Who is this person anyway?
Irene Zhao, the Simp-Queen mastermind behind the SO-COL platform and a Crypto Twitter influencer, explains that having a celebrity in your corner can turbocharge your NFT collection.
Zhao’s first Simp DAO and NFT collection, IreneDAO, started with a floor price that was basically pocket change in ETH.
“I think it was about zero-point-something ETH,” Zhao recalls.
However, the game changed for Zhao when controversial YouTube star Logan Paul threw in around a quarter of a million dollars in January 2022.
“The next day, I woke up, the floor price went up five times when Logan Paul bought about 20 pieces or something. I was really shocked,” she explains.
I can’t fix you 👉👈 pic.twitter.com/oyMLut3S2F
— Irene Zhao (@Irenezhao_) November 4, 2023
Zhao reveals that Paul stumbled upon the project after billionaire crypto investor Mike Novogratz posted about it on Twitter. That kickstarted a friendship with Paul:
“Logan followed me on Twitter and Instagram after he bought my NFTs,” Zhao says, adding, however, that they’ve never managed to meet up.
“I was going to travel to Los Angeles, but at the time, he was somewhere in Puerto Rico. So, we didn’t get to meet in the end. But we do have conversations about NFTs.”
Rubbing virtual shoulders with big names like Paul is just a regular day in the life of a crypto influencer. Zhao boasts 194,300 Twitter followers, runs her own Web3 NFT platform company, SO-COL, and globe-trots to speak at crypto conferences.
“I meet a lot of cool and successful people, and they all have very interesting personalities. Otherwise, they wouldn’t choose crypto as a career because it’s a very dynamic and very fast-paced career industry.”
What led to Twitter fame?
Zhao had already built a following as a social media influencer in the Web2 space, and much like Bitcoiners orange-pilling their friends, she has introduced most of her followers to NFTs.
“I have been building my own personal branding as a key opinion leader across various social media platforms like Instagram and YouTube. So, right now, I have about half a million followers across all platforms.”
She jumped into crypto because she wanted to have control over her own content. She was fed up with only monetizing her content by promoting products, which is how Web2 influencers make a living.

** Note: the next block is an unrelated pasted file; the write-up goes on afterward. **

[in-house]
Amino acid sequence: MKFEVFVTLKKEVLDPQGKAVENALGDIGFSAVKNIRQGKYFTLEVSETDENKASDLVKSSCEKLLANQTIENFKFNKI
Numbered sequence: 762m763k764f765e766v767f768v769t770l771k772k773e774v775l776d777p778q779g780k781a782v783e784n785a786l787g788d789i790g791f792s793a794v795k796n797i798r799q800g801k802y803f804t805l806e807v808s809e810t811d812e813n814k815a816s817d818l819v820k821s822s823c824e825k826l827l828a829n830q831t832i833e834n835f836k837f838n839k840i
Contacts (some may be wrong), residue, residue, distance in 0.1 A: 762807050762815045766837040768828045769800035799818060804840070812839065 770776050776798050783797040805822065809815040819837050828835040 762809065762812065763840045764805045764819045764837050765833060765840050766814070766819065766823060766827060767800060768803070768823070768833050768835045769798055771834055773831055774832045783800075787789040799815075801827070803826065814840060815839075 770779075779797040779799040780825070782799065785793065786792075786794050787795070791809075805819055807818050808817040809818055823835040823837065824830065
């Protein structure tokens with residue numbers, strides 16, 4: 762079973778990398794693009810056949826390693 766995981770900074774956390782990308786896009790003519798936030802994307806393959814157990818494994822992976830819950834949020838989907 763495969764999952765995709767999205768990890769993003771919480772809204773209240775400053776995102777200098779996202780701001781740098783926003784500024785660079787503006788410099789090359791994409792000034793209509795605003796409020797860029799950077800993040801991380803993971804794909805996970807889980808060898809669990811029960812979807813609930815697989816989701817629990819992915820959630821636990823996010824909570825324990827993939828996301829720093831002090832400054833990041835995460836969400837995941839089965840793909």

“I’ve built a deep connection with a lot of big brands, but it kind of sucks, because even though I have a very huge following on all other social media platforms, I don’t really get most of the benefits. I don’t really own my content or my community.”
Zhao set up one of the first Simp DAOs, where NFT purchasers could join her Irene DAO fan club and get closer to their Simp Queen. She later spun this idea out for the SO-COL platform.
In my health is wealth era😎
I’m so ready for the road trip with @truck_memecoin pic.twitter.com/2Wh1TqsIps
— Irene Zhao (@Irenezhao_) November 1, 2023
Zhao jokingly mentions that she’s a big deal in Asia but can roam under the radar in the Western world:
“They recognize me, especially in Asia, but in the Western world, the white people can’t really recognize Asian people. They think everybody looks the same,” she laughs.
Game theory meets DeFi: Bouncing ideas around tokenomic design
As Money Printer Goes Brrrrr, Wall St Loses Its Fear of Bitcoin
What content can people expect?
Zhao isn’t a fan of the serious tone of some in the crypto world. In her perspective, those who enjoy technical or trading discussions might not necessarily be the most appealing minds in the crypto community.
“I think I like the shitposting. It’s pretty funny; it’s very entertaining to look at all the memes.”
Zhao holds the belief that making crypto memes requires a bigger brain than sharing trading tips:
“It is a very smart move because you have to understand the market, and you have to understand the audience to come up with the exact meme that people want. So, it’s a very rare talent to have.”
Nasty Beef: Lady of Crypto
Zhao had a public beef with fellow crypto influencer Lady of Crypto in December 2021.
The feud lit up after Zhao lightly teased her on Twitter for dishing out a no-brainer tweet.
“She was predicting the price of Bitcoin or something, but it was a super obvious trend. So, I was like, ‘You are stating the obvious,’ and then she got offended.”
The situation took a sour twist when Lady of Crypto fired back with some nasty comments about Zhao’s English skills, saying, “In your vids, you can barely string two words together.”
Zhao didn’t let it get to her personally and thought it was “super funny.”
Ever the businesswoman, Zhao was more interested in the fact that the post accumulated around “4 million impressions.”
Zhao’s predictions are pretty much in line with common, received wisdom. She’s eagerly anticipating Bitcoin to reach the $100,000 mark.
However, she’s also betting big on real-world assets taking off in the next year:
“Of course, I’m still bullish on BTC, Ethereum and all the basics. People are talking about RWA a lot. I think real world assets are probably going to go big in the next 12 months.”
She also believes that NFTs still have room for growth because plenty of celebrities haven’t hopped on the bandwagon yet.
“I think NFTs for creators is going to be a real hype really soon because we haven’t really experienced it yet,” she explains.
“I’m still bullish on social collectibles because we haven’t really onboarded all the Web2 creators to NFTs yet. So, I think there is still much room for that.”
The most engaging reads in blockchain. Delivered once a
Ciaran Lyons is an Australian crypto journalist. He’s also a standup comedian and has been a radio and TV presenter on Triple J, SBS and The Project.